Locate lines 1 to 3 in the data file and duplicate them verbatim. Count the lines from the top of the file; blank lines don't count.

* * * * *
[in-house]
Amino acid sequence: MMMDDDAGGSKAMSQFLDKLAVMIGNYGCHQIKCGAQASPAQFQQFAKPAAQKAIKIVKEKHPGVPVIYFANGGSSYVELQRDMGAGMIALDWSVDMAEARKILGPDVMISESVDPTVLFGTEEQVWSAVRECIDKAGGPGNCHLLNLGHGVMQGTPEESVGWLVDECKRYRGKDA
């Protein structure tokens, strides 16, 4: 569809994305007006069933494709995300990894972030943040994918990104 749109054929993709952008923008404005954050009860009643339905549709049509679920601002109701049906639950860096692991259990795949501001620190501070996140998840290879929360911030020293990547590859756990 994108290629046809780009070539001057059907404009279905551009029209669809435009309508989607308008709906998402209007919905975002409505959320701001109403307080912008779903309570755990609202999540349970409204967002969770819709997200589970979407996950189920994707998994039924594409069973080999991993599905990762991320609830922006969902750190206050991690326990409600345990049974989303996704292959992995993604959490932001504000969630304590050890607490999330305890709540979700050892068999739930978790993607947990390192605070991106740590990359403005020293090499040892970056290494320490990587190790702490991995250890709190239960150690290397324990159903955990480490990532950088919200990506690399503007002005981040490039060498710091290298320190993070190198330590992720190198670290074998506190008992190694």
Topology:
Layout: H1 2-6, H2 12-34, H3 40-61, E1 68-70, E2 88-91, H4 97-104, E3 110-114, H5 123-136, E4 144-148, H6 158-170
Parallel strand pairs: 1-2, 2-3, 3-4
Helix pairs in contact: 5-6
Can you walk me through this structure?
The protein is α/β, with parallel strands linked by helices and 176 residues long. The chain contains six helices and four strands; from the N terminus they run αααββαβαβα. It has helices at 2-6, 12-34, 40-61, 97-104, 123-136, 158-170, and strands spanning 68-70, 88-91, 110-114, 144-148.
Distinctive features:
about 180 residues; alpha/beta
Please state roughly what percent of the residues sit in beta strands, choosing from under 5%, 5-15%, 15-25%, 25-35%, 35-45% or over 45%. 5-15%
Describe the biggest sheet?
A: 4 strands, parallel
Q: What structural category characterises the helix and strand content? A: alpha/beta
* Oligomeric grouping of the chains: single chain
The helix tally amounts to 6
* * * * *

[in-house]
Amino acid sequence: MMMDDDAGGSKAMSQFLDKLAVMIGNYGCHQIKCGAQASPAQFQQFAKPAAQKAIKIVKEKHPGVPVIYFANGGSSYVELQRDMGAGMIALDWSVDMAEARKILGPDVMISESVDPTVLFGTEEQVWSAVRECIDKAGGPGNCHLLNLGHGVMQGTPEESVGWLVDECKRYRGKDA
């Protein structure tokens, strides 16, 4: 569809994305007006069933494709995300990894972030943040994918990104 749109054929993709952008923008404005954050009860009643339905549709049509679920601002109701049906639950860096692991259990795949501001620190501070996140998840290879929360911030020293990547590859756990 994108290629046809780009070539001057059907404009279905551009029209669809435009309508989607308008709906998402209007919905975002409505959320701001109403307080912008779903309570755990609202999540349970409204967002969770819709997200589970979407996950189920994707998994039924594409069973080999991993599905990762991320609830922006969902750190206050991690326990409600345990049974989303996704292959992995993604959490932001504000969630304590050890607490999330305890709540979700050892068999739930978790993607947990390192605070991106740590990359403005020293090499040892970056290494320490990587190790702490991995250890709190239960150690290397324990159903955990480490990532950088919200990506690399503007002005981040490039060498710091290298320190993070190198330590992720190198670290074998506190008992190694």